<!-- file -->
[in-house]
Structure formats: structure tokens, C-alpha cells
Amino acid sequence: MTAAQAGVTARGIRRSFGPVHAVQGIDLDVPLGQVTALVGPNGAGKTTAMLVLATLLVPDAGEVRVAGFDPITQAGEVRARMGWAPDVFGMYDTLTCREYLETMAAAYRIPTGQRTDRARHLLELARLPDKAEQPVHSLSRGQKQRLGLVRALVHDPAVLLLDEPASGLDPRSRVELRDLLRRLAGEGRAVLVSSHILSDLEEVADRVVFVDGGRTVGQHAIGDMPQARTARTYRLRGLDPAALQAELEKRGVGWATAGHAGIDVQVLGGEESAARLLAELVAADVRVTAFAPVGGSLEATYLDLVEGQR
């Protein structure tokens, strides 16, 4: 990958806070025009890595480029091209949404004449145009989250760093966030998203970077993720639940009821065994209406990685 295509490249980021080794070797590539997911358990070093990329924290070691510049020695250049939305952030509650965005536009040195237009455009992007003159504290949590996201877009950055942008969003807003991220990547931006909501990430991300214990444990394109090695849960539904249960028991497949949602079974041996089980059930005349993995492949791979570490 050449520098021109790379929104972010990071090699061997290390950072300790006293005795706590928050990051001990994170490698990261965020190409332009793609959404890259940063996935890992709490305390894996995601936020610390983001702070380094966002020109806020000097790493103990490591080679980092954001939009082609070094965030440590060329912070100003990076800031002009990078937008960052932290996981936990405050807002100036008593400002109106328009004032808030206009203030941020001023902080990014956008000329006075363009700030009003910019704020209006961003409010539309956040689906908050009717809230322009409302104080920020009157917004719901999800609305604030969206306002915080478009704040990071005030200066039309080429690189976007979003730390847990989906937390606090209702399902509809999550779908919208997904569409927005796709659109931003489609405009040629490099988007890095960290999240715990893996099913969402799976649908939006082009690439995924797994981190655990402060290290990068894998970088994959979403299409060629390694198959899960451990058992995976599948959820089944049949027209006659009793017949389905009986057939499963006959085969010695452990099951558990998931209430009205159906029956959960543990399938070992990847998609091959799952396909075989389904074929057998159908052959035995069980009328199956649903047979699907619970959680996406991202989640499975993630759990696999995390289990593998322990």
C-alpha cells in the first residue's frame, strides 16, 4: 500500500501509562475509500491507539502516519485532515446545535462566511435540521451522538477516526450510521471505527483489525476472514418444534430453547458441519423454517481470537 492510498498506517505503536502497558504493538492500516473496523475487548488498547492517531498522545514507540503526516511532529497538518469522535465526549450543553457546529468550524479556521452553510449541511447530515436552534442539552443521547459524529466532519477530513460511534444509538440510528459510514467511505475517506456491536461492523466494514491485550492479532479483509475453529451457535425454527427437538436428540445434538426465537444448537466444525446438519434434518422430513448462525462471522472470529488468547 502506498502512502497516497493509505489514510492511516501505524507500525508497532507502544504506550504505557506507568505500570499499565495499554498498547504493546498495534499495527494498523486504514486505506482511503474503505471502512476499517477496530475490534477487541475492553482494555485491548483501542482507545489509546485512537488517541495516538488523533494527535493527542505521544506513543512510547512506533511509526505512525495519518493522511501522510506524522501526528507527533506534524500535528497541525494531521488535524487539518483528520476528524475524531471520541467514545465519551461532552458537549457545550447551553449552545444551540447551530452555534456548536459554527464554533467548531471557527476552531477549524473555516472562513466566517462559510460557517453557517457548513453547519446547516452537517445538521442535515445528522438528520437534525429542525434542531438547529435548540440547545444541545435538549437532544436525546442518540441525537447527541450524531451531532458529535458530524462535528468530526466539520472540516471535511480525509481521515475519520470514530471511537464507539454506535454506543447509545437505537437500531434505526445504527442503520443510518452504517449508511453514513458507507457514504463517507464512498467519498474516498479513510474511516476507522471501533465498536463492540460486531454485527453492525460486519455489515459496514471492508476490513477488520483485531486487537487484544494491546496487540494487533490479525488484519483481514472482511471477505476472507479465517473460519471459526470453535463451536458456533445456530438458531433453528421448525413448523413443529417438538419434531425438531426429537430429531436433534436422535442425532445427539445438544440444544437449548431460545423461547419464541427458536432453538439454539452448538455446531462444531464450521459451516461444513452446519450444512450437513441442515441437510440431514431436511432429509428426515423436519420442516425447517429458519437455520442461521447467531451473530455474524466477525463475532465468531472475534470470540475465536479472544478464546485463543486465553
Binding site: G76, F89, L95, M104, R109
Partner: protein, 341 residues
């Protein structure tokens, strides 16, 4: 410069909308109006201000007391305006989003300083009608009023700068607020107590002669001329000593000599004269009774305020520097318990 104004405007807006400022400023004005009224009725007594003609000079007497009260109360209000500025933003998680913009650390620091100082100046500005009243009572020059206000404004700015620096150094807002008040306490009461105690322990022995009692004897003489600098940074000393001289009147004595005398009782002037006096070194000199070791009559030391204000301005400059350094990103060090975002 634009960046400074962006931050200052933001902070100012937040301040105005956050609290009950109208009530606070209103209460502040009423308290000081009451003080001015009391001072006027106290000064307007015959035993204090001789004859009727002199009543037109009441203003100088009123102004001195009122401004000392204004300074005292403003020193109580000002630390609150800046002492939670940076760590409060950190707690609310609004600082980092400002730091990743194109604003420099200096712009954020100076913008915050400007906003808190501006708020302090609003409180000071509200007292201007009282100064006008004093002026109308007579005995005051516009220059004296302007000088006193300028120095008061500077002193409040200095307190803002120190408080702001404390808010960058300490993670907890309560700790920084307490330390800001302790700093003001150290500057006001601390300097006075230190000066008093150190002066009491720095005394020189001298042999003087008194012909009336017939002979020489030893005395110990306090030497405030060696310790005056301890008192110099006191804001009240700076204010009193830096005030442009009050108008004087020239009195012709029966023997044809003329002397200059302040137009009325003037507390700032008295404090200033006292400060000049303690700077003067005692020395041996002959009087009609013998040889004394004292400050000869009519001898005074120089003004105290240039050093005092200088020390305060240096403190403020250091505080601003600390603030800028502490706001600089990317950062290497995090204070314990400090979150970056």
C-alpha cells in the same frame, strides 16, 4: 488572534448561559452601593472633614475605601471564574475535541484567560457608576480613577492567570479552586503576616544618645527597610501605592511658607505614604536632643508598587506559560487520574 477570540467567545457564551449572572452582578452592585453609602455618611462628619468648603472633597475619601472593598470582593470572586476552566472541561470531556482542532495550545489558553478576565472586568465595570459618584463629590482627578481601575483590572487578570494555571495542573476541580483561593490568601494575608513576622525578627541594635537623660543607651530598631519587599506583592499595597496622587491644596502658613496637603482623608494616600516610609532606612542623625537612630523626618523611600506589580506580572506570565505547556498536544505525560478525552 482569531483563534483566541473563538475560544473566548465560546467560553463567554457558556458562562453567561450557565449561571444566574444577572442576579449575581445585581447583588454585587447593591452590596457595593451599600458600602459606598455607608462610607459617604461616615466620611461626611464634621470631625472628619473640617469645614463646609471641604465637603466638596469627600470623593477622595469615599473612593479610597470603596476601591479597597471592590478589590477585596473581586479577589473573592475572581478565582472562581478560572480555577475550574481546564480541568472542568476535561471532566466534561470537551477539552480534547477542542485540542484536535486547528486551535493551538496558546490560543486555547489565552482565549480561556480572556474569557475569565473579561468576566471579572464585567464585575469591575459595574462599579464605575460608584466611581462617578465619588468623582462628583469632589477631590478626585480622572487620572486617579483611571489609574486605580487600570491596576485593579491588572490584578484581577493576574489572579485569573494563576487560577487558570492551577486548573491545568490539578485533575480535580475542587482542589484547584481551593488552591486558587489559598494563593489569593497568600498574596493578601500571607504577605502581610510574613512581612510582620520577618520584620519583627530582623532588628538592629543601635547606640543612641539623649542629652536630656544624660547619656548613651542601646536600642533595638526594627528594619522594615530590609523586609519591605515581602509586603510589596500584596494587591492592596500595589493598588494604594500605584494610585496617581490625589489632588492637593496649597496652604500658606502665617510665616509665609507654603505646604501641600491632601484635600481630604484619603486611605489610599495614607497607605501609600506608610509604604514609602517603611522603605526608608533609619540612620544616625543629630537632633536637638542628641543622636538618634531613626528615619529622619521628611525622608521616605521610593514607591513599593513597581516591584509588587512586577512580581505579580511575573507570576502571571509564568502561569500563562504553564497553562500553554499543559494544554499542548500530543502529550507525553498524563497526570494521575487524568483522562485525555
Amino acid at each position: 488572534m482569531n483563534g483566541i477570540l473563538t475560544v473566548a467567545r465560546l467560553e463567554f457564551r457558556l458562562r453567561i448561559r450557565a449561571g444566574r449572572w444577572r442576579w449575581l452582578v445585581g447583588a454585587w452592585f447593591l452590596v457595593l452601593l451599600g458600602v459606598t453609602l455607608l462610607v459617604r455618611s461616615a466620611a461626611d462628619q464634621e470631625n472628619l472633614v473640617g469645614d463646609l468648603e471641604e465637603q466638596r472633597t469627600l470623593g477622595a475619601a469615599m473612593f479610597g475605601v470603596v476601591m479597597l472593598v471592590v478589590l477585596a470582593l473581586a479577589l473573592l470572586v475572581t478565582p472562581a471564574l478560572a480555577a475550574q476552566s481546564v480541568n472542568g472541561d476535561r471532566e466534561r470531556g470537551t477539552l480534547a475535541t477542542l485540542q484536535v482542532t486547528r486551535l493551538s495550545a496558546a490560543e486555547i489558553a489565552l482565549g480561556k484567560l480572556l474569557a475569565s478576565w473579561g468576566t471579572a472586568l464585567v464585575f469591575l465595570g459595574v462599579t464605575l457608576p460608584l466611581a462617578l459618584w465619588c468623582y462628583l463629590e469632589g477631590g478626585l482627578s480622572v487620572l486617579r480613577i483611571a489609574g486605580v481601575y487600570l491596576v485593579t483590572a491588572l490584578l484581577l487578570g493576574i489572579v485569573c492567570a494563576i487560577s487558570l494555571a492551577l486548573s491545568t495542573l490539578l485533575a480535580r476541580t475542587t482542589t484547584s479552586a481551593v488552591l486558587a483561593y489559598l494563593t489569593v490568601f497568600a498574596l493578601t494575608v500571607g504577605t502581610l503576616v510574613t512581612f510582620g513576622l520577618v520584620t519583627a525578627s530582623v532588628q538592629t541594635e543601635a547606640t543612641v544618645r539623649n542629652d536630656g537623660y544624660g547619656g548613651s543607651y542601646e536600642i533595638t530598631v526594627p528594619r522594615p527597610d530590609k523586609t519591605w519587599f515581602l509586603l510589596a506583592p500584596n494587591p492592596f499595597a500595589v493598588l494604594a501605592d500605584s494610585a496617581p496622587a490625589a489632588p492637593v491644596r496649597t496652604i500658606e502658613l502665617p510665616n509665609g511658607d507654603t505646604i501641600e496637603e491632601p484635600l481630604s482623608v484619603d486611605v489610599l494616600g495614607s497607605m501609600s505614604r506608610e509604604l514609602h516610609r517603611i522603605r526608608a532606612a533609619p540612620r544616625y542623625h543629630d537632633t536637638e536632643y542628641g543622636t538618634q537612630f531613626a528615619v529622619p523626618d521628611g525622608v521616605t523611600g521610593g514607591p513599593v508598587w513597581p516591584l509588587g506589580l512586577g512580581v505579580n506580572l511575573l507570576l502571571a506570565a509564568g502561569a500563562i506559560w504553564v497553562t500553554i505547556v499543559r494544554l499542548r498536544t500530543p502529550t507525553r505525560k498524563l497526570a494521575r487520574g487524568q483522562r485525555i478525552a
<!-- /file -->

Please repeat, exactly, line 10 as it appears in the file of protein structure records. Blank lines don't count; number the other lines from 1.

Amino acid at each position: 488572534m482569531n483563534g483566541i477570540l473563538t475560544v473566548a467567545r465560546l467560553e463567554f457564551r457558556l458562562r453567561i448561559r450557565a449561571g444566574r449572572w444577572r442576579w449575581l452582578v445585581g447583588a454585587w452592585f447593591l452590596v457595593l452601593l451599600g458600602v459606598t453609602l455607608l462610607v459617604r455618611s461616615a466620611a461626611d462628619q464634621e470631625n472628619l472633614v473640617g469645614d463646609l468648603e471641604e465637603q466638596r472633597t469627600l470623593g477622595a475619601a469615599m473612593f479610597g475605601v470603596v476601591m479597597l472593598v471592590v478589590l477585596a470582593l473581586a479577589l473573592l470572586v475572581t478565582p472562581a471564574l478560572a480555577a475550574q476552566s481546564v480541568n472542568g472541561d476535561r471532566e466534561r470531556g470537551t477539552l480534547a475535541t477542542l485540542q484536535v482542532t486547528r486551535l493551538s495550545a496558546a490560543e486555547i489558553a489565552l482565549g480561556k484567560l480572556l474569557a475569565s478576565w473579561g468576566t471579572a472586568l464585567v464585575f469591575l465595570g459595574v462599579t464605575l457608576p460608584l466611581a462617578l459618584w465619588c468623582y462628583l463629590e469632589g477631590g478626585l482627578s480622572v487620572l486617579r480613577i483611571a489609574g486605580v481601575y487600570l491596576v485593579t483590572a491588572l490584578l484581577l487578570g493576574i489572579v485569573c492567570a494563576i487560577s487558570l494555571a492551577l486548573s491545568t495542573l490539578l485533575a480535580r476541580t475542587t482542589t484547584s479552586a481551593v488552591l486558587a483561593y489559598l494563593t489569593v490568601f497568600a498574596l493578601t494575608v500571607g504577605t502581610l503576616v510574613t512581612f510582620g513576622l520577618v520584620t519583627a525578627s530582623v532588628q538592629t541594635e543601635a547606640t543612641v544618645r539623649n542629652d536630656g537623660y544624660g547619656g548613651s543607651y542601646e536600642i533595638t530598631v526594627p528594619r522594615p527597610d530590609k523586609t519591605w519587599f515581602l509586603l510589596a506583592p500584596n494587591p492592596f499595597a500595589v493598588l494604594a501605592d500605584s494610585a496617581p496622587a490625589a489632588p492637593v491644596r496649597t496652604i500658606e502658613l502665617p510665616n509665609g511658607d507654603t505646604i501641600e496637603e491632601p484635600l481630604s482623608v484619603d486611605v489610599l494616600g495614607s497607605m501609600s505614604r506608610e509604604l514609602h516610609r517603611i522603605r526608608a532606612a533609619p540612620r544616625y542623625h543629630d537632633t536637638e536632643y542628641g543622636t538618634q537612630f531613626a528615619v529622619p523626618d521628611g525622608v521616605t523611600g521610593g514607591p513599593v508598587w513597581p516591584l509588587g506589580l512586577g512580581v505579580n506580572l511575573l507570576l502571571a506570565a509564568g502561569a500563562i506559560w504553564v497553562t500553554i505547556v499543559r494544554l499542548r498536544t500530543p502529550t507525553r505525560k498524563l497526570a494521575r487520574g487524568q483522562r485525555i478525552a